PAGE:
Midler, who described herself as “just a player for hire” on “Parental Guidance,” said she admires Crystal’s sensibilities, and it was fun to finally work with her friend.
“I like to see people at their peak, people doing their best work and really working hard and bringing things to fruition. It’s just fantastic,” she said. “It’s a hopeful picture, and I like that about him. I like the fact that he has that mentality. So to watch him in action is really a lot of fun.”

The schmaltz is piled on thick, and if the comedy were any broader it would require an Imax screen, but still there’s something touching about how hard Billy Crystal and Bette Midler hustle to peddle the threadbare material that makes “Parental Guidance” a perfectly tolerable, if uninspired, moviegoing experience.
As “the other grandparents” who are given a golden opportunity to bond with their seldom-seen grandchildren, Billy and Bette work double-time, well aware that it’s not just the juvenile characters they have to entertain, but also the paying audiences who could count on both of them for a good laugh back in the day.
That they manage to pull their weight even when the achingly formulaic plotting threatens to drag them under is a testament to their “let’s-put-on-a-show” spirit. The end result should appeal to audiences, including bonding grandparents and grandkids, looking for a little undemanding holiday cheer.
Crystal is Artie Decker, who has just lost his longtime gig as “De Voice of the Fresno Grizzlies” when the minor-league baseball team decided to upgrade the outfit with the sort of talent that knows its way around a Facebook page or a Twitter account.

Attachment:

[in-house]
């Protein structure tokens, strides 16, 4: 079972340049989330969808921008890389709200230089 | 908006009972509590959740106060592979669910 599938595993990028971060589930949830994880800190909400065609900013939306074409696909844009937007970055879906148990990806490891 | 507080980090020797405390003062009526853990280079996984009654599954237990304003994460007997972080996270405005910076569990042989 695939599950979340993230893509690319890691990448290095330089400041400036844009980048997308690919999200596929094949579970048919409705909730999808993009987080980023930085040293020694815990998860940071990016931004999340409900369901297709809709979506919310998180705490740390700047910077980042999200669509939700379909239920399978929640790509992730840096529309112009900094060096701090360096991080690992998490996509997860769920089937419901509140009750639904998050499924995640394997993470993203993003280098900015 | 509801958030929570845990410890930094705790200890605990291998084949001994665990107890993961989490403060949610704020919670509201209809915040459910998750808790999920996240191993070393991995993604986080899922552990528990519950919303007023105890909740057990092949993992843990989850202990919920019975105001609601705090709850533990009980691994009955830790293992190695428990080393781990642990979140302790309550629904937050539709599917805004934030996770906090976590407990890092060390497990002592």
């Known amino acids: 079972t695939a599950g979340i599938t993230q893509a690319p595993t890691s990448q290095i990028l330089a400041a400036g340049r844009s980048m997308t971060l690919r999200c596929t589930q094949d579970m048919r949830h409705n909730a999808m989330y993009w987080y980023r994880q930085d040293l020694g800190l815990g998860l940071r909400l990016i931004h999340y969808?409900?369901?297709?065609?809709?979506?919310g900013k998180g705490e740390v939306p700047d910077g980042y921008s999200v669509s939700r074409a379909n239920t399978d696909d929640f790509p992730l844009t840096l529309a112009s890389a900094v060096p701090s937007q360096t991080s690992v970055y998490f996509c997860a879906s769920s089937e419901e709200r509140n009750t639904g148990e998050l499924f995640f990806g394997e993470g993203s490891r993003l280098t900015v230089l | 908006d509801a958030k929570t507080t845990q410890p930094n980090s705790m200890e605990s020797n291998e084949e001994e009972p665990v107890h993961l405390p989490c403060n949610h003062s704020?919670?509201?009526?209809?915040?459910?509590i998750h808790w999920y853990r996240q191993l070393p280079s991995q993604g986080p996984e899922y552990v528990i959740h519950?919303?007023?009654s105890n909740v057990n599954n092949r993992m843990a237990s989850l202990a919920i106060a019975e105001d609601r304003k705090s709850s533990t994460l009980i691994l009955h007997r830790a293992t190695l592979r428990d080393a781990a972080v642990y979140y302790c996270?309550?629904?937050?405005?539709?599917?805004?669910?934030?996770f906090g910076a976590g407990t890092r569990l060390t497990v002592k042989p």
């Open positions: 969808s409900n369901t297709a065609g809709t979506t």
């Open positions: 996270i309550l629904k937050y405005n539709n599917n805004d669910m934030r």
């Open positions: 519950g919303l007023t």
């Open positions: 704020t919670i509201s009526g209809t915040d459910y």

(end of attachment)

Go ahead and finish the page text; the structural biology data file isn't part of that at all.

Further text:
Already despondent, he’s not exactly jumping up and down over the news that he and his wife Diane (Midler) have been recruited to babysit their daughter Alice’s (Marisa Tomei) three kids when she and her tech-geek husband Phil (Tom Everett Scott) get a last-minute opportunity to have some out-of-town alone time.
As expected, uptight Alice’s no-sugar-allowed helicopter parenting clashes mightily with Artie and Diane’s old-school approach to child-rearing, not to mention the fact that Phil has programmed his smart home to be intuitive within an inch of its inhabitants’ lives. Also as expected are the resulting gags built around technologically challenged Artie. Fortunately, old pro Crystal comes armed with an arsenal of rim-shot-ready rejoinders that hit the mark more than they miss.


While his character has been given more of an emotional arc than Midler’s (unsurprising, since the genesis of “Parental Guidance” came from a newly minted grandparenting experience in producer Crystal’s life), it’s still nice to see Midler strutting her stuff in her first onscreen comedy role in years.
And Tomei is always a welcome presence, even when she’s saddled with what’s essentially a one-note character for most of the film.
It would have been nice if director Andy Fickman (“Race to Witch Mountain”) and husband-and-wife screenwriters Lisa Addario and Joe Syracuse (“Surf’s Up”) could have mined some fresher stuff from this frequently played ballgame, but at least when you’ve got Crystal calling the shots, you can still count on the occasional change-up.
“Parental Guidance,” a 20th Century Fox release, is rated PG for some rude humor. 104 minutes.